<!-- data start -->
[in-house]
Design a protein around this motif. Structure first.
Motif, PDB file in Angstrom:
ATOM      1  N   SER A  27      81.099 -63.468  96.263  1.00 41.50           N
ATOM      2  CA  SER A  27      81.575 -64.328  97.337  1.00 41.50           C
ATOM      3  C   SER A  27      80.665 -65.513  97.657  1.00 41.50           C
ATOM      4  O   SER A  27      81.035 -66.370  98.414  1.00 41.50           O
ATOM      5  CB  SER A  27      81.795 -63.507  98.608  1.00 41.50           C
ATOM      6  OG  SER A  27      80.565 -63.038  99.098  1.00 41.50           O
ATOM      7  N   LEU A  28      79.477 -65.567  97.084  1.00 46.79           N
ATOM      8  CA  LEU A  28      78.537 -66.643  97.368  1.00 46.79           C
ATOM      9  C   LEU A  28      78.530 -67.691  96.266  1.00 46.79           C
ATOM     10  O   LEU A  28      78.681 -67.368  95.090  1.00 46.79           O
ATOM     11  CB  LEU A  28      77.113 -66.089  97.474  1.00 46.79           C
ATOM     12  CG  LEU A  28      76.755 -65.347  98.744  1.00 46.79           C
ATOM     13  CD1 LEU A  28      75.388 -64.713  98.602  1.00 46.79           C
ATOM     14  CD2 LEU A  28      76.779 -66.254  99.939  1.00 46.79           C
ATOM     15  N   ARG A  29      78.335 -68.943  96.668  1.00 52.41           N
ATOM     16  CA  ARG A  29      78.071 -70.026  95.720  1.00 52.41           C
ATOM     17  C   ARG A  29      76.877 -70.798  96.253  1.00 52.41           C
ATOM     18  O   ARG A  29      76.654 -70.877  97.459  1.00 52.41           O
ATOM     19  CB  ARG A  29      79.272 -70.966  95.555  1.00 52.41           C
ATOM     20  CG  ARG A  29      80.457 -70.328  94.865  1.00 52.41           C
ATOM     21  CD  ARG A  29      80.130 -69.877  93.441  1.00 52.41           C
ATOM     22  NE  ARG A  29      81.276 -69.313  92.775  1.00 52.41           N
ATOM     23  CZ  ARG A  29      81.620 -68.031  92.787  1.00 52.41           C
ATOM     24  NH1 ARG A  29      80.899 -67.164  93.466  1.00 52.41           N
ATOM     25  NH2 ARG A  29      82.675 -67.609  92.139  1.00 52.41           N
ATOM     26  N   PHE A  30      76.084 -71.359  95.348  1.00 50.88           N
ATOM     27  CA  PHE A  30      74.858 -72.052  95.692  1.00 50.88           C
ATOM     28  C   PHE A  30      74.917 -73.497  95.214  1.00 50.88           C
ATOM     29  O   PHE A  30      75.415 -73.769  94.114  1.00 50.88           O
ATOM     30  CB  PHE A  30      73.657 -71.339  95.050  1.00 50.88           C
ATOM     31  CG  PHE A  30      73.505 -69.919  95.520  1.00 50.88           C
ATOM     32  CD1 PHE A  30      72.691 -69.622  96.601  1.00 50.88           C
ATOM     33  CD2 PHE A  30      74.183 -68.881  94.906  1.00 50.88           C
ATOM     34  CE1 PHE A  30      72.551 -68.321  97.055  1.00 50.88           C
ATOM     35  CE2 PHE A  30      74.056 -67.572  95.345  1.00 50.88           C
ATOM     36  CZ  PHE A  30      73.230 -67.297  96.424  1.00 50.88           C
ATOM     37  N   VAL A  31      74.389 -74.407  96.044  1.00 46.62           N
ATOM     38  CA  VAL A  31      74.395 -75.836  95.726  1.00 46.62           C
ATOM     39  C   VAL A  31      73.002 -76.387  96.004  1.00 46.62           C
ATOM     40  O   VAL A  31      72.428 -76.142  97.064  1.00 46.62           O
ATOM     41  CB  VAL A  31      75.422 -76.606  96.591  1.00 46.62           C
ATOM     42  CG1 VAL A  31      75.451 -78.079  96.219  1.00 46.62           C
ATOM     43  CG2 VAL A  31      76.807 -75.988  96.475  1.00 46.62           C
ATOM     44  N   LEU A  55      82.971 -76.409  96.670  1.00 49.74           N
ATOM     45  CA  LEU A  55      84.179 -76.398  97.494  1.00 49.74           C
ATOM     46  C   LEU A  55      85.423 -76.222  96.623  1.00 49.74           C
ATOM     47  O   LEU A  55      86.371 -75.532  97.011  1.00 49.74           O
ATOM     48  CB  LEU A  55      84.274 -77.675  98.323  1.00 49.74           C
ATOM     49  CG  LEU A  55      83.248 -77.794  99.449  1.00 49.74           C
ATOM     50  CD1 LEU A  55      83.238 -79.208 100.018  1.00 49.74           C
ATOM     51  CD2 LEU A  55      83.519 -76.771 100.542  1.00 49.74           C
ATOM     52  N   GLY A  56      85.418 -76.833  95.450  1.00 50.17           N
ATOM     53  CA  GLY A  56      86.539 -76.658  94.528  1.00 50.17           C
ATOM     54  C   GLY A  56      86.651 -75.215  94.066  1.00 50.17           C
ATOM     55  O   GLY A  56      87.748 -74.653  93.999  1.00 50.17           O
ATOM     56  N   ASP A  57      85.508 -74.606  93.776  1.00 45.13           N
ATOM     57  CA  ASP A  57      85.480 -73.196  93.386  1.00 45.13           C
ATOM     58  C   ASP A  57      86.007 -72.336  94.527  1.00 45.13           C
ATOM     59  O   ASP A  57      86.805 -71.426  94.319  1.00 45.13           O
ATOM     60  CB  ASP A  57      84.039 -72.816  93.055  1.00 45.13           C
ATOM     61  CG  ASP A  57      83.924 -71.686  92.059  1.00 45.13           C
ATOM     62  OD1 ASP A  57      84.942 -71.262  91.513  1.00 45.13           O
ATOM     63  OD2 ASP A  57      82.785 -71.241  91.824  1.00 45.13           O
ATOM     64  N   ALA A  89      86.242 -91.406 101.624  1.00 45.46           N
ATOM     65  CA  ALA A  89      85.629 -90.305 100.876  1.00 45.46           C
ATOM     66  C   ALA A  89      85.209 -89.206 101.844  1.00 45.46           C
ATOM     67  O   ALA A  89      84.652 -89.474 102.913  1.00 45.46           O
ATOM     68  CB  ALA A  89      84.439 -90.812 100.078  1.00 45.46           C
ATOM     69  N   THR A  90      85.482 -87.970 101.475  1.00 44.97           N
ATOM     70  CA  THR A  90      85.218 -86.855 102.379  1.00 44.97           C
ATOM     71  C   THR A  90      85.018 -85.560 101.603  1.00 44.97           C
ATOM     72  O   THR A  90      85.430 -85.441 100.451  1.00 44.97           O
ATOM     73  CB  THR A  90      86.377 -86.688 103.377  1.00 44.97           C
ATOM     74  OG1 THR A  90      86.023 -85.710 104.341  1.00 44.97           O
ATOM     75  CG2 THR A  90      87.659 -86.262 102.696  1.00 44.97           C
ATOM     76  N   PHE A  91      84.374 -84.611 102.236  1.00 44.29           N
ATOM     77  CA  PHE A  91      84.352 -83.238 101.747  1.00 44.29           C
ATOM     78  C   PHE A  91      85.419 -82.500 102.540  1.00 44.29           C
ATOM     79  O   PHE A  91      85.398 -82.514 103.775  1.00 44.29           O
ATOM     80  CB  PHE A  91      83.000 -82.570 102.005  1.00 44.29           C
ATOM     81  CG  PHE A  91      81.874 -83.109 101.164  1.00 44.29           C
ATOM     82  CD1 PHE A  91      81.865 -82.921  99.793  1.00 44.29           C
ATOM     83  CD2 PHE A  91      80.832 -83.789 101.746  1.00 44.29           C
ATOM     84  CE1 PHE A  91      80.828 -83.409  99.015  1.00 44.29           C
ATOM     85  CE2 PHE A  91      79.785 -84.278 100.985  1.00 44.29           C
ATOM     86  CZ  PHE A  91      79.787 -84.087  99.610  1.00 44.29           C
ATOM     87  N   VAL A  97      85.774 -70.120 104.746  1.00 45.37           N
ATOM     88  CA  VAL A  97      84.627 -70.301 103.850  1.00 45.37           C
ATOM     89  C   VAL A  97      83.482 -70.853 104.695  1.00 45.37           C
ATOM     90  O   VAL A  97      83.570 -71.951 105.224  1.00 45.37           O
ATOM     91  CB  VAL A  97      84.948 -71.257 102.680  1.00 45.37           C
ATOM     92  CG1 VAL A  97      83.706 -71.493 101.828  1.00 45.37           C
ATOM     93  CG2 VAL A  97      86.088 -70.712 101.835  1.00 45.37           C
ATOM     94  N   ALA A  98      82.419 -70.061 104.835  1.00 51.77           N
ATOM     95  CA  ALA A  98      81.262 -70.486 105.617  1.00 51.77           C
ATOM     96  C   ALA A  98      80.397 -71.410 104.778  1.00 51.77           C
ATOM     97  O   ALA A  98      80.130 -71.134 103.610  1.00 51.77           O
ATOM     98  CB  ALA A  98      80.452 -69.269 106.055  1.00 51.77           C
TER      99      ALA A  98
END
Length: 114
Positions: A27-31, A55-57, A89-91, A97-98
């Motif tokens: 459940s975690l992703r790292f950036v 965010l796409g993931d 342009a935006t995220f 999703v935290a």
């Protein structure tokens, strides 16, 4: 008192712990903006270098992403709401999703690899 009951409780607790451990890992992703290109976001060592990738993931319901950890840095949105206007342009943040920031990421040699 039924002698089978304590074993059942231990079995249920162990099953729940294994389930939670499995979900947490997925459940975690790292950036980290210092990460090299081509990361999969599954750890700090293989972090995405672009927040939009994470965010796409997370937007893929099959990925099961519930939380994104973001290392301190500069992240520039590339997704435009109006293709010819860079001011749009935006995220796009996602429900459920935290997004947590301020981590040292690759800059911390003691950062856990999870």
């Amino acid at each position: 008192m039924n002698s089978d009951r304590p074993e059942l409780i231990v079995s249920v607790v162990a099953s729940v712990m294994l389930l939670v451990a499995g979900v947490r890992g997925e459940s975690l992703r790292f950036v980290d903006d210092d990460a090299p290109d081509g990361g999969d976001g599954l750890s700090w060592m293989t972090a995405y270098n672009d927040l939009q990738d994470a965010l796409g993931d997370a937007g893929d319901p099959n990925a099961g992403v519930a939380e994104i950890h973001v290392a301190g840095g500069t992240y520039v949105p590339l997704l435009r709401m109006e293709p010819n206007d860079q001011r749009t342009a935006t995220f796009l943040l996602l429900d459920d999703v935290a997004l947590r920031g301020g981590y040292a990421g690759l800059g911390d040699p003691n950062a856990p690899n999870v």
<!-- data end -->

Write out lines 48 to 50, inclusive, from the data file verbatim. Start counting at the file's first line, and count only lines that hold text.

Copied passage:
ATOM     45  CA  LEU A  55      84.179 -76.398  97.494  1.00 49.74           C
ATOM     46  C   LEU A  55      85.423 -76.222  96.623  1.00 49.74           C
ATOM     47  O   LEU A  55      86.371 -75.532  97.011  1.00 49.74           O